A high school principal in the United States has been placed on compulsory leave over an “inappropriate and tasteless” Facebook post she wrote about basketball legend Kobe Bryant on the day of his death.
Liza Sejkora, the principal at Camas High School in Camas, Washington, wrote on January 26:
“Not gonna lie. Seems to me that karma caught up with a rapist today,” according to KATU-TV.
The post, which came just hours after the NBA legend died in a helicopter crash, alongside his 13-year-old daughter, Gianna, and eight others, has since been deleted.
Sejkora added new comments after deleting her first post, KOIN-TV reported.
“You are free to judge me for the post just as I am free to judge the person the post was about,” the new message read.
The posts were in reference to a 2003 sexual assault accusation against Bryant.
The criminal charges against the basketball star were dropped, but he later settled a civil suit with his accuser.
Screenshots of Sejkora’s comments began making their way around the community, and the principal sent an email to parents on February 3, apologizing for her actions.
“On January 26 after news broke Kobe Bryant’s death, I made a comment to my private social media which was a personal, visceral reaction,” the Sejkora’s email, obtained by CNN, read in part.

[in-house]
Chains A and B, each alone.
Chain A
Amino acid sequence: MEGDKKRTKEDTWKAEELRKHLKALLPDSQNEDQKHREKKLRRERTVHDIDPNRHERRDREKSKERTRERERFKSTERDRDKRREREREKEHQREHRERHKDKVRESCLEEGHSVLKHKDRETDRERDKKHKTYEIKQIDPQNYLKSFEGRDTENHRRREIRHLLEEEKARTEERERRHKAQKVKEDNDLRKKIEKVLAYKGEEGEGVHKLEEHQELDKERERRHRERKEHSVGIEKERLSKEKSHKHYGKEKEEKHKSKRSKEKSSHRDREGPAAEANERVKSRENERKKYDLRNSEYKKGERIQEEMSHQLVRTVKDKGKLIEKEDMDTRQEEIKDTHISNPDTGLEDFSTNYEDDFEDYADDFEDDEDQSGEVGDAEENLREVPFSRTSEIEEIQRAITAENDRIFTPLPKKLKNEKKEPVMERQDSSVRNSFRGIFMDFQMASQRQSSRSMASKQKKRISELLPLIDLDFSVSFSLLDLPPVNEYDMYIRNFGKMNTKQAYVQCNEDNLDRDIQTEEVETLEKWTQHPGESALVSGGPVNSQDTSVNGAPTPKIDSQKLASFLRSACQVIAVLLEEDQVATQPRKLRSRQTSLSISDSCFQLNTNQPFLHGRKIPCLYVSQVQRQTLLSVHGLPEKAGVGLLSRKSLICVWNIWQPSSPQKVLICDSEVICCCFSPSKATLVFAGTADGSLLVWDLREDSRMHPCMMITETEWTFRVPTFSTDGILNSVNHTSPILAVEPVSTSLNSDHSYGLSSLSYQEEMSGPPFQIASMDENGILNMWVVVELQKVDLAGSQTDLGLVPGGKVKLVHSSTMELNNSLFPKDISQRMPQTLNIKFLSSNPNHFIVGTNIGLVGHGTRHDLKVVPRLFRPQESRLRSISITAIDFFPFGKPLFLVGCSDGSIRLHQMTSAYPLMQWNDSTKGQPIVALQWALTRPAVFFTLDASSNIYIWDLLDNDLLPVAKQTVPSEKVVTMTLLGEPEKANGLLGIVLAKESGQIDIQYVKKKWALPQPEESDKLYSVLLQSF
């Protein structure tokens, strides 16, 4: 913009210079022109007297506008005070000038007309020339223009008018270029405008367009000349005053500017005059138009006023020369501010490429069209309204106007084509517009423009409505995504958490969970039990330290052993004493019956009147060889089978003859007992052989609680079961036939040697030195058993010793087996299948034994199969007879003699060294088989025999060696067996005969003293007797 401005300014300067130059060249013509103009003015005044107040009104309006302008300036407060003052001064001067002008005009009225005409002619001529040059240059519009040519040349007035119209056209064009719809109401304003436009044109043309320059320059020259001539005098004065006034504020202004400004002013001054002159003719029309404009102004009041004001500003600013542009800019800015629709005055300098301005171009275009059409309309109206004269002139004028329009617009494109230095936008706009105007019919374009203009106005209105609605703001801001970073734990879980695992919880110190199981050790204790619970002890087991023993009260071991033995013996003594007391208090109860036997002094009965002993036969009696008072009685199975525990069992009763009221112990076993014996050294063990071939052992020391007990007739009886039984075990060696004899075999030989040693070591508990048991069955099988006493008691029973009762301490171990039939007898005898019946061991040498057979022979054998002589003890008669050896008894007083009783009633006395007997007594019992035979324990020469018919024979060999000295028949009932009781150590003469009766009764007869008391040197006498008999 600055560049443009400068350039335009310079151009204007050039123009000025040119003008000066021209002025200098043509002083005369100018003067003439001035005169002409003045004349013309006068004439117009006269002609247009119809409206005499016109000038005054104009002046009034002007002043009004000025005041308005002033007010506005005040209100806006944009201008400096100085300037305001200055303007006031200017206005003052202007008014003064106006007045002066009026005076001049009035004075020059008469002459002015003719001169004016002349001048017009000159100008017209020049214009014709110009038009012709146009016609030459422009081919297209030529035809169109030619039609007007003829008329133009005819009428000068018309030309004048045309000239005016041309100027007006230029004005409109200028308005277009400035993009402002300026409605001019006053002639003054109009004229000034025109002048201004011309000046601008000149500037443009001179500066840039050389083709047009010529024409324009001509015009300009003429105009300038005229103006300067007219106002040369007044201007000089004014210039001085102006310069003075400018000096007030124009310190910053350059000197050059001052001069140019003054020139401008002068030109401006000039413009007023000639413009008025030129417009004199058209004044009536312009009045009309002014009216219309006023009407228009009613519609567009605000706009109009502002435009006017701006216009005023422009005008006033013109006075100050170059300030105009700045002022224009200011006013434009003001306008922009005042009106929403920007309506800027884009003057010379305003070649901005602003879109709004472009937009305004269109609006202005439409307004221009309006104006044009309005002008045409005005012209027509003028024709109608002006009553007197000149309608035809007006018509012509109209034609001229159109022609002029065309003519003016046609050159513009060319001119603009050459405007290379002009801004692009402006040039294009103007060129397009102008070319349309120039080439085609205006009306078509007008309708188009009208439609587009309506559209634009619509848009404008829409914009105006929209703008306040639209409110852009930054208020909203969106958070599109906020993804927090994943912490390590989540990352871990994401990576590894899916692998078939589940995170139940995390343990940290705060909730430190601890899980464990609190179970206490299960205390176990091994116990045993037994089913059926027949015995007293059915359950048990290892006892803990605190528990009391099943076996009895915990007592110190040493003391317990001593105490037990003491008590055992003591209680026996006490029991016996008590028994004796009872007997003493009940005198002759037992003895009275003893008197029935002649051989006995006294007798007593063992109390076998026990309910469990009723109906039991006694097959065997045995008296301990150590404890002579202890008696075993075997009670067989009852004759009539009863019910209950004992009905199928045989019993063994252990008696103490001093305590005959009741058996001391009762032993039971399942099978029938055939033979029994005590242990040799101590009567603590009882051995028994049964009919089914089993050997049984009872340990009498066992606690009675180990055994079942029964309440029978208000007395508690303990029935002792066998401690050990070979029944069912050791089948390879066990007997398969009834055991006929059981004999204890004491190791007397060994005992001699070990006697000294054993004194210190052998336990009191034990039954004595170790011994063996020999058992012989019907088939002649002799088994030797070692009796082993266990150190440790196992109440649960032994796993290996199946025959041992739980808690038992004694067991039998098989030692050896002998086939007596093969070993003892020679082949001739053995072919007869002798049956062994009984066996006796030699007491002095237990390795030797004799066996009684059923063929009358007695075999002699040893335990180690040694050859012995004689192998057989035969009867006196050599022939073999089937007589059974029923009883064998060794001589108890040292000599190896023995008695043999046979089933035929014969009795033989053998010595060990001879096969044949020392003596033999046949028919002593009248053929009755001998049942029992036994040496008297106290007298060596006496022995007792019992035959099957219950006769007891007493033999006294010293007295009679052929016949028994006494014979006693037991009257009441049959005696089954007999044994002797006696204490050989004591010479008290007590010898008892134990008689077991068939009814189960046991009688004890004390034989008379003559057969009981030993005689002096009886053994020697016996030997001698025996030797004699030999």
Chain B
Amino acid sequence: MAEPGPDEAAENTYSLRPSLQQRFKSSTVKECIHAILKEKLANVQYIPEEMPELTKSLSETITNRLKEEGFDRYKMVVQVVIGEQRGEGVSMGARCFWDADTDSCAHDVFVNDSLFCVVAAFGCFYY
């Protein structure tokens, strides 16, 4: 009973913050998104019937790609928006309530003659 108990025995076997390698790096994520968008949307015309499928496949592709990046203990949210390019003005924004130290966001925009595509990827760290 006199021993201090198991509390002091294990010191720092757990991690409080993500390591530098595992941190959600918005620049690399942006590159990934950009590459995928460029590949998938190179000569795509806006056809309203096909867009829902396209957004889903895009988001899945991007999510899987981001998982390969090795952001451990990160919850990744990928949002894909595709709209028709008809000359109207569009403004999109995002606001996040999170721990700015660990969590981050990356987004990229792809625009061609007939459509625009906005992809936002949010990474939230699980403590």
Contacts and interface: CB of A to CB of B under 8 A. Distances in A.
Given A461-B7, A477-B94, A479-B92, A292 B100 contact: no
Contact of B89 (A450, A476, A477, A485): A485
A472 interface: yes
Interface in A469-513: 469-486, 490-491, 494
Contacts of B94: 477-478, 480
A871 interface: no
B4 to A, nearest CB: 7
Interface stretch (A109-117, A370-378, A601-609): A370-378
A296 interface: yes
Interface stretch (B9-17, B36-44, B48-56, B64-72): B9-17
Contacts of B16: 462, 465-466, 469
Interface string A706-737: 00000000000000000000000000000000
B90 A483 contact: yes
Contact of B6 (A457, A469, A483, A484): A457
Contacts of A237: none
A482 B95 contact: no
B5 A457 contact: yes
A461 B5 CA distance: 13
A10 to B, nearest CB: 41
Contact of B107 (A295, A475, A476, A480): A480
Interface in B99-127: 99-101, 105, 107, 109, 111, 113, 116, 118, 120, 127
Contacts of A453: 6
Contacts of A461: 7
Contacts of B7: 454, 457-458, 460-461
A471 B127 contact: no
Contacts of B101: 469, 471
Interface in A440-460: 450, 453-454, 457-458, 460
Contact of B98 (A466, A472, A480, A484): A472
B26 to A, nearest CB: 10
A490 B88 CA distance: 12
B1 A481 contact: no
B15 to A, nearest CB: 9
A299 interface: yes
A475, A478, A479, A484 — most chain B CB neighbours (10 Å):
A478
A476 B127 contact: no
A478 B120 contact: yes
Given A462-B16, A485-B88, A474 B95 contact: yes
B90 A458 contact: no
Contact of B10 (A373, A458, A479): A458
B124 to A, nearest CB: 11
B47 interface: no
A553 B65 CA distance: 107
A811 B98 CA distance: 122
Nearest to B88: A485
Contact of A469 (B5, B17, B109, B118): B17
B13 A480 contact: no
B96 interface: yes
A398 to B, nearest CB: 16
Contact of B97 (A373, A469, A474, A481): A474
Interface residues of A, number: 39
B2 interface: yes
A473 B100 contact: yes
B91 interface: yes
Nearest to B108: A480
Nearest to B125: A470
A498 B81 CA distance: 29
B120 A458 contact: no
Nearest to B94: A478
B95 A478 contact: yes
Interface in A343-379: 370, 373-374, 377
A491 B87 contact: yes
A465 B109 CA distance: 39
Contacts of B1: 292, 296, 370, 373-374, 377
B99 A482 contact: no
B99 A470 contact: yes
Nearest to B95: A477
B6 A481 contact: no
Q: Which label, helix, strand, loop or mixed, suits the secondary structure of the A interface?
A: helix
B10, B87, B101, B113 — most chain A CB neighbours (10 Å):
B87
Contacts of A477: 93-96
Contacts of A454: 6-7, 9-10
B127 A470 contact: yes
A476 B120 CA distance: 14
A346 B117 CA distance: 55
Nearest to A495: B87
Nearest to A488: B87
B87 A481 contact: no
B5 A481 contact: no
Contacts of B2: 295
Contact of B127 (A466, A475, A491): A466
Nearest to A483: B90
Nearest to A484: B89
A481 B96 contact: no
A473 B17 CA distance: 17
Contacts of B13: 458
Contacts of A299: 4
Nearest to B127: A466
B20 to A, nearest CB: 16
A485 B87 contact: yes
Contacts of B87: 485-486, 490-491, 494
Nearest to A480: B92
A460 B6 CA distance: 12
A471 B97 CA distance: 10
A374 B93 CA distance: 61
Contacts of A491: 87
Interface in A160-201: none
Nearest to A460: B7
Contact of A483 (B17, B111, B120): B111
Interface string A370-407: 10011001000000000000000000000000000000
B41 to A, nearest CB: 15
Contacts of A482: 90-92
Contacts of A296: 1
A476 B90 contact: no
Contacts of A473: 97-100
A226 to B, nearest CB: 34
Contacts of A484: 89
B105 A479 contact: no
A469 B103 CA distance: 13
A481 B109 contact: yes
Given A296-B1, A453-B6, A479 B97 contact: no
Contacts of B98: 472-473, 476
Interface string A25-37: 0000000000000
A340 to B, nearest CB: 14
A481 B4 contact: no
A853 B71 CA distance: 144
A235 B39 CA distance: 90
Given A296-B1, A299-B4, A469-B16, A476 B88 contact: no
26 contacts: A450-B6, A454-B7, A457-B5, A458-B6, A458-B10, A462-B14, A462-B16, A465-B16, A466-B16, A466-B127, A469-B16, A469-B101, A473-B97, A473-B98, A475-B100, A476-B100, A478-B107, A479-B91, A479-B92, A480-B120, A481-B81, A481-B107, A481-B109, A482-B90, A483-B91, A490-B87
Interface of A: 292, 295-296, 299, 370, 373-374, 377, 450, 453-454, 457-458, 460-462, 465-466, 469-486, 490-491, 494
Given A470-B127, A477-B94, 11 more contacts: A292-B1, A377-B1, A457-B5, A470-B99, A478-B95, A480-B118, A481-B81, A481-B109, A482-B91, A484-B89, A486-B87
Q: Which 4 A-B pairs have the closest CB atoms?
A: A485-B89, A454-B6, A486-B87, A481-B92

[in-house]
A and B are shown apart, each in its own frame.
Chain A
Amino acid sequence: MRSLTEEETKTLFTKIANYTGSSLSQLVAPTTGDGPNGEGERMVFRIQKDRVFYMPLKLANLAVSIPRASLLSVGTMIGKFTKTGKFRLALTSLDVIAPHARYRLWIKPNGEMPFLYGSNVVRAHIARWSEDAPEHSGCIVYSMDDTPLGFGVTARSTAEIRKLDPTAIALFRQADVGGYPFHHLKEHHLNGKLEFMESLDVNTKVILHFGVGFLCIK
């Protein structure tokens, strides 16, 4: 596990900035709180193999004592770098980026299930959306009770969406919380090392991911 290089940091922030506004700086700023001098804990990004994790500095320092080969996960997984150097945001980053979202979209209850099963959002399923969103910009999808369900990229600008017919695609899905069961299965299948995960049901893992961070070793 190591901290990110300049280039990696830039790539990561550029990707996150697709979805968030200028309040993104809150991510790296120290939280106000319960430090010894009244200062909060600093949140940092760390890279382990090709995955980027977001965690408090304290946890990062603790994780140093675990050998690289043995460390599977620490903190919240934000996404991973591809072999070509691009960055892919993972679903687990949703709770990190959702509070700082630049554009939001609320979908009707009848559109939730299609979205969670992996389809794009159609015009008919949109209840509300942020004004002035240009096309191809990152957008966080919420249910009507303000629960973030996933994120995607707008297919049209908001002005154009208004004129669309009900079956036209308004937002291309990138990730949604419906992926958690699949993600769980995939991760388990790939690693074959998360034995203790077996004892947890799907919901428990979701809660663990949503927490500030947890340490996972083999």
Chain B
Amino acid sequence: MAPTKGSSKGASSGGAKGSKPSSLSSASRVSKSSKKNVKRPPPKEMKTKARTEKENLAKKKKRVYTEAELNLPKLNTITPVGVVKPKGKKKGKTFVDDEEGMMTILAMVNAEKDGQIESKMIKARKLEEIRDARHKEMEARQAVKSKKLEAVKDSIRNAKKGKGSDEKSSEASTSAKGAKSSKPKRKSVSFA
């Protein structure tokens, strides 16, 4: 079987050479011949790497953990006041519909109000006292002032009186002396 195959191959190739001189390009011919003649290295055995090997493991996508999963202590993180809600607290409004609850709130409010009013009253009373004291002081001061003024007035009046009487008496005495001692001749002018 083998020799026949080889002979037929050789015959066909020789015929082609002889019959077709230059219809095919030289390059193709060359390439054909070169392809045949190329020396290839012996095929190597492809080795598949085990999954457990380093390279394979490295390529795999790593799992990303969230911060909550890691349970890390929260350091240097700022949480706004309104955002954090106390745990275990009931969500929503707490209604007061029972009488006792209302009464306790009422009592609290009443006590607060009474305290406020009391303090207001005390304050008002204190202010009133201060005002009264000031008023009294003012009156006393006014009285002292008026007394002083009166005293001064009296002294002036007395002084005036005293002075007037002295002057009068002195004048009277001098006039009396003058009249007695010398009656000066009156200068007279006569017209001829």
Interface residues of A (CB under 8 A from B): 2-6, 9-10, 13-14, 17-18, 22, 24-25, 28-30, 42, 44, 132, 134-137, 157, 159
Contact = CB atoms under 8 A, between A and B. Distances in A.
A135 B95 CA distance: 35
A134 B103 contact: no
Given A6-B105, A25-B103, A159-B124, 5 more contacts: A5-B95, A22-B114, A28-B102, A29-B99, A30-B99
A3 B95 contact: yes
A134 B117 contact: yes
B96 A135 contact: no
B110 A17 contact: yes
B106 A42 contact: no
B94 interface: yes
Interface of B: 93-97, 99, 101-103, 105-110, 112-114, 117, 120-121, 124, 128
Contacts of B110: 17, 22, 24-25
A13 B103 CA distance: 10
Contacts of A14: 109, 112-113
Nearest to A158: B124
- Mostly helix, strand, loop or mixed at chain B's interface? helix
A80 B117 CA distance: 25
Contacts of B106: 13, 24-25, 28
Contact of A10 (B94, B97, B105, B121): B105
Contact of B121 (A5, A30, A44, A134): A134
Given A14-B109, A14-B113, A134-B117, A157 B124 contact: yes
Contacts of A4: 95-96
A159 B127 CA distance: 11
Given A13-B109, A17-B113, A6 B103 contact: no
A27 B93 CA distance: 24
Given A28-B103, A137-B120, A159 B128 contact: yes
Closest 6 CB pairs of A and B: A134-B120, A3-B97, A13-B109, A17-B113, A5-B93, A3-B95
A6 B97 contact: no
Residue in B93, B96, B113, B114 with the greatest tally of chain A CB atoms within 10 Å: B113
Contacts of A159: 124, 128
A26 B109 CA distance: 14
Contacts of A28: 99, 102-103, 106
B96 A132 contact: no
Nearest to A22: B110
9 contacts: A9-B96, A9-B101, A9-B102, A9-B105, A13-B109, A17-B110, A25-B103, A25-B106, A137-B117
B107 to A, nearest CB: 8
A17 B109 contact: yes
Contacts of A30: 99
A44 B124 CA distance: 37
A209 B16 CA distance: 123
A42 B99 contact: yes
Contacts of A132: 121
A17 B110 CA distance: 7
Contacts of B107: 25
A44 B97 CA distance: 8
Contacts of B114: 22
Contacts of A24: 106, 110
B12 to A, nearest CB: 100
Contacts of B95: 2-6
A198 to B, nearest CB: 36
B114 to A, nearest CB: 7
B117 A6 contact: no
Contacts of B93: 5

“I want to apologize for suggesting that a person’s death is deserved. It was inappropriate and tasteless. Further, I apologize for the disruption it caused to our learning environment today.
“I’ve learned an important lesson and I hope that I can earn your trust back,” her email concluded.
CNN reported that Sejkora has been placed on administrative leave for the time being, although the principal has been vocal about her desire to keep her job.
“We do appreciate Dr. Sejkora’s acknowledgment and will work to support her in rebuilding trust with the community she serves,” Camas School District’s superintendent Jeff Snell told CNN in a statement.
Sejkora, meanwhile, has reportedly received several threatening messages in recent days.
On February 5, the school increased its police presence and several parents picked their children up early out of precaution, KGW-TV reported.
But Snell, the superintendent, told KATU-TV that he will continue supporting Sejkora as she rebuilds trust with her students, the community at large.
The principal has also continued to apologize, sharing her regret with several news outlets.
“I have some personal experience that generated the visceral reaction,” she told KATU-TV Tuesday.
“This was a situation where I didn’t think before I posted, and I’m terribly regretful about that.”